Shirley Manson is feeling reflective these days about Garbage’s 1998 sophomore LP, Version 2.0. Packed with disruptive radio hits like “Push It” and “I Think I’m Paranoid,” the groundbreaking album’s importance in securing Garbage’s status as fierce contenders in the late-1990s alt rock arena is not lost on the band’s front woman.
Jazz Musician Wynton Marsalis Argues Hip-Hop Is ‘More Damaging Than a Statue of Robert E. Lee’
In an interview with The Washington Post podcast Cape Up, distinguished jazz musician and famed trumpeter Wynton Marsalis discussed his deep aversion to hip-hop and rap music, claiming the genres are more harmful to society than some confederate statues. “I don’t think we should have a music talking about n***ers and bitches and hoes. It had no impact. I’ve said it. I’ve repeated it. I still repeat it. To me that’s more damaging than a statue of Robert E. Lee," Marsalis said.
Bono Reveals What He Learned from 'Almost Dying' – and Says 'Music Has Gotten Very Girly'
Bono admits he had previously thought he’d “let go” of his fear of death, but reveals it was the exact opposite.
“I thought I already had, but this was the next installment in trust. You know, people of faith can be very annoying,” he said. “Like when people on the Grammys thank God for a song and you think, “God, that is a shite song. Don’t give God credit for that one – you should take it yourself!” I am sure I have done that myself. And someone’s like, “I got this directly from the mouth of God!” And you’re thinking, “Wow, God has no taste!”
Remembering David Cassidy: A Candid Chat About Fame, Fans and Pop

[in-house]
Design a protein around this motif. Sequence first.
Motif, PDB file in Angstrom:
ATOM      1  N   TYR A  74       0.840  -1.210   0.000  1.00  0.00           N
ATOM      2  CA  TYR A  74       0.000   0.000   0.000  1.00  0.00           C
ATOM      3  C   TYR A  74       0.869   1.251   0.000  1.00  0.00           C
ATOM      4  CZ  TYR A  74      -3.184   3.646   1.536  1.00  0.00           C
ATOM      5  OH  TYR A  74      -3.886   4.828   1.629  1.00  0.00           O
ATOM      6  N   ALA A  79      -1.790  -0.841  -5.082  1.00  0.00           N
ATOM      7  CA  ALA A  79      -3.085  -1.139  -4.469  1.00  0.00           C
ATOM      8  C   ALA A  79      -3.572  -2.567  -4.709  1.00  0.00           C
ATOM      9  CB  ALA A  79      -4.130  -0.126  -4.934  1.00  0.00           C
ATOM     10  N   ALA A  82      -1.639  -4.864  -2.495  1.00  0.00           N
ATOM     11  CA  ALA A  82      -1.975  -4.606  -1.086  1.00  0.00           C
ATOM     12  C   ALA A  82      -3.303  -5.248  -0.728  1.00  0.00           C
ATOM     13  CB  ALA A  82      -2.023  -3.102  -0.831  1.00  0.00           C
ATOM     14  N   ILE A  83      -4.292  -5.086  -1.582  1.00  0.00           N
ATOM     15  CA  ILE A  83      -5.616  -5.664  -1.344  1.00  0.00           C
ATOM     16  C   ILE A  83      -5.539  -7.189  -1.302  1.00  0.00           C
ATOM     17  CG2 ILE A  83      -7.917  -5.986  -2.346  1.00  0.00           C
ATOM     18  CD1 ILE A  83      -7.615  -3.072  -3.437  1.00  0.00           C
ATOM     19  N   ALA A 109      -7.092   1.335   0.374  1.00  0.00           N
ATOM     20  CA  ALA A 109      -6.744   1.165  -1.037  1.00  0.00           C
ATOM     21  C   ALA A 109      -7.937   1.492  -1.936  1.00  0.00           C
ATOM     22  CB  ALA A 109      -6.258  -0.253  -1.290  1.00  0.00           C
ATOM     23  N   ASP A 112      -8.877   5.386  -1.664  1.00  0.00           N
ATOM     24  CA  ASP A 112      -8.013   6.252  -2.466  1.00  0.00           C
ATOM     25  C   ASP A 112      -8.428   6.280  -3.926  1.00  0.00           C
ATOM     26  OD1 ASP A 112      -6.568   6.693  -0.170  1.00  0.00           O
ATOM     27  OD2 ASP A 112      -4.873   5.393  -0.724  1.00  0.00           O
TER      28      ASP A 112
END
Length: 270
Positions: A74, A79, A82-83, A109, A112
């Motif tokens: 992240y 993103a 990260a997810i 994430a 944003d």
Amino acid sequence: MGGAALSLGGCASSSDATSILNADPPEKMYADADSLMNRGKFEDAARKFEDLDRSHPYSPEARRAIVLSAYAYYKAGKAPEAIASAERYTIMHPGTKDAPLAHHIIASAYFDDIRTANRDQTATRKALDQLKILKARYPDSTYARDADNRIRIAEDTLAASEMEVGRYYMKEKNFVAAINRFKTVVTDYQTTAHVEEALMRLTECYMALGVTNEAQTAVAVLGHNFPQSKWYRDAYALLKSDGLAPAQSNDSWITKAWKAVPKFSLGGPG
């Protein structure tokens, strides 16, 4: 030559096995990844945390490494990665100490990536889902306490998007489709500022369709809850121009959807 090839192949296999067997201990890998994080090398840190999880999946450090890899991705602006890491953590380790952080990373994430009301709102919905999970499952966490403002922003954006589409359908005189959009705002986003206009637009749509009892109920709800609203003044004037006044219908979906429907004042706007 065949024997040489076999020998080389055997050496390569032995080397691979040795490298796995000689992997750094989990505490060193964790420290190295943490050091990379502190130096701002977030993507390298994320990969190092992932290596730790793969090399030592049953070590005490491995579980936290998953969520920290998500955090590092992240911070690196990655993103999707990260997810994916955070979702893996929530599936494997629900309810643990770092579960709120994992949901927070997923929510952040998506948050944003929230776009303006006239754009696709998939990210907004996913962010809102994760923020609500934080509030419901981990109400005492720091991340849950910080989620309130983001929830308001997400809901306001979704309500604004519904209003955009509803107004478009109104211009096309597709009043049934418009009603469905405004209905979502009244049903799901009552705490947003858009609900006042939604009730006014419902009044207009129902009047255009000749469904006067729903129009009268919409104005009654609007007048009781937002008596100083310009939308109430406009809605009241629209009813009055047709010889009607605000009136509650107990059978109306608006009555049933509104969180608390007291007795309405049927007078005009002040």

I first met David Cassidy, the former star of The Partridge Family who died Tuesday, during an interview about two decades ago. Shortly thereafter, we hung out together backstage after he completed a set of bubblegum hits that had thousands of 40-something-year-old women screaming like they were teenagers again.
We spoke on multiple occasions since then and, well before his dementia set in, I caught up with him while he was golfing for an on-the-record interview that continued when he returned home. The interview, though, remained unpublished, until now.
Without LGBTQ People, Modern Music Wouldn't Exist
VICE: What initially made you decide to write this book?
Darryl W. Bullock: I wanted to write a book about LGBTQ people making records, but to be honest, it was a bit dull. It was starting to look a bit like an encyclopedia, an A-to-Z of gay musicians. Then, maybe three or four months into the project, David Bowie died, and his death struck me really viscerally.
But it was while I saw how others reacted to his death, especially the stars I grew up with—the Boy Georges and the George Michaels and the Madonnas—that I realized I was going down the wrong track. I realized the book shouldn’t just be about LGBTQ people making records, but how they influenced each generation that followed. You start to build up this timeline, and it stretches back over 100 years, almost back to the birth of commercially available discs.
It was also a definite decision to include voices you don’t hear of. It would be easy to write a book just about Elton John, George Michael, Boy George, Freddie Mercury, those kinds of people. But I really wanted to document the lives of people like Patrick Haggerty, Blackberri and John “Smokey” Condon (pic above), people who have made incredibly important contributions to music and to LGBTQ lives but have been basically ignored by the mainstream media.